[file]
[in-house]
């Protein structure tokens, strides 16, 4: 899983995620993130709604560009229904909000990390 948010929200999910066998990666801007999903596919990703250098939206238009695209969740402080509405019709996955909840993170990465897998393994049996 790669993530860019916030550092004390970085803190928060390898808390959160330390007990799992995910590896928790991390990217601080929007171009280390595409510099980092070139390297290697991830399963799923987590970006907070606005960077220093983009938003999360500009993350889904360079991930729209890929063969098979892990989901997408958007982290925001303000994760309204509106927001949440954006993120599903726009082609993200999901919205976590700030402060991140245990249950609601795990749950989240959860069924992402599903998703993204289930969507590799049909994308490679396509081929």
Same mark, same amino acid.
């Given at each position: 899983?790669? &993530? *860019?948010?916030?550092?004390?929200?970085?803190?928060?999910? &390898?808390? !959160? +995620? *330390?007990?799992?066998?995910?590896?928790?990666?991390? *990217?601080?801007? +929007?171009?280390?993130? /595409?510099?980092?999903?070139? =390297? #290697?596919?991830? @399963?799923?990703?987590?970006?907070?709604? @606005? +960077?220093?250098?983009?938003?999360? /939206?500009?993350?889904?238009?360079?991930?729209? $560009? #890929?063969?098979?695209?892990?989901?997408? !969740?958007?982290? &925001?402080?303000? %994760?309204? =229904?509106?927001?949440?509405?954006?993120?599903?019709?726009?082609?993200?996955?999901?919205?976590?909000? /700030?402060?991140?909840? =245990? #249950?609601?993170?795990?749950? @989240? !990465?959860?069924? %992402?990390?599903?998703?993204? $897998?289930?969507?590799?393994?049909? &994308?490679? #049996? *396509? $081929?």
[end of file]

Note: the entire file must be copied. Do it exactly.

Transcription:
[in-house]
């Protein structure tokens, strides 16, 4: 899983995620993130709604560009229904909000990390 948010929200999910066998990666801007999903596919990703250098939206238009695209969740402080509405019709996955909840993170990465897998393994049996 790669993530860019916030550092004390970085803190928060390898808390959160330390007990799992995910590896928790991390990217601080929007171009280390595409510099980092070139390297290697991830399963799923987590970006907070606005960077220093983009938003999360500009993350889904360079991930729209890929063969098979892990989901997408958007982290925001303000994760309204509106927001949440954006993120599903726009082609993200999901919205976590700030402060991140245990249950609601795990749950989240959860069924992402599903998703993204289930969507590799049909994308490679396509081929």
Same mark, same amino acid.
């Given at each position: 899983?790669? &993530? *860019?948010?916030?550092?004390?929200?970085?803190?928060?999910? &390898?808390? !959160? +995620? *330390?007990?799992?066998?995910?590896?928790?990666?991390? *990217?601080?801007? +929007?171009?280390?993130? /595409?510099?980092?999903?070139? =390297? #290697?596919?991830? @399963?799923?990703?987590?970006?907070?709604? @606005? +960077?220093?250098?983009?938003?999360? /939206?500009?993350?889904?238009?360079?991930?729209? $560009? #890929?063969?098979?695209?892990?989901?997408? !969740?958007?982290? &925001?402080?303000? %994760?309204? =229904?509106?927001?949440?509405?954006?993120?599903?019709?726009?082609?993200?996955?999901?919205?976590?909000? /700030?402060?991140?909840? =245990? #249950?609601?993170?795990?749950? @989240? !990465?959860?069924? %992402?990390?599903?998703?993204? $897998?289930?969507?590799?393994?049909? &994308?490679? #049996? *396509? $081929?």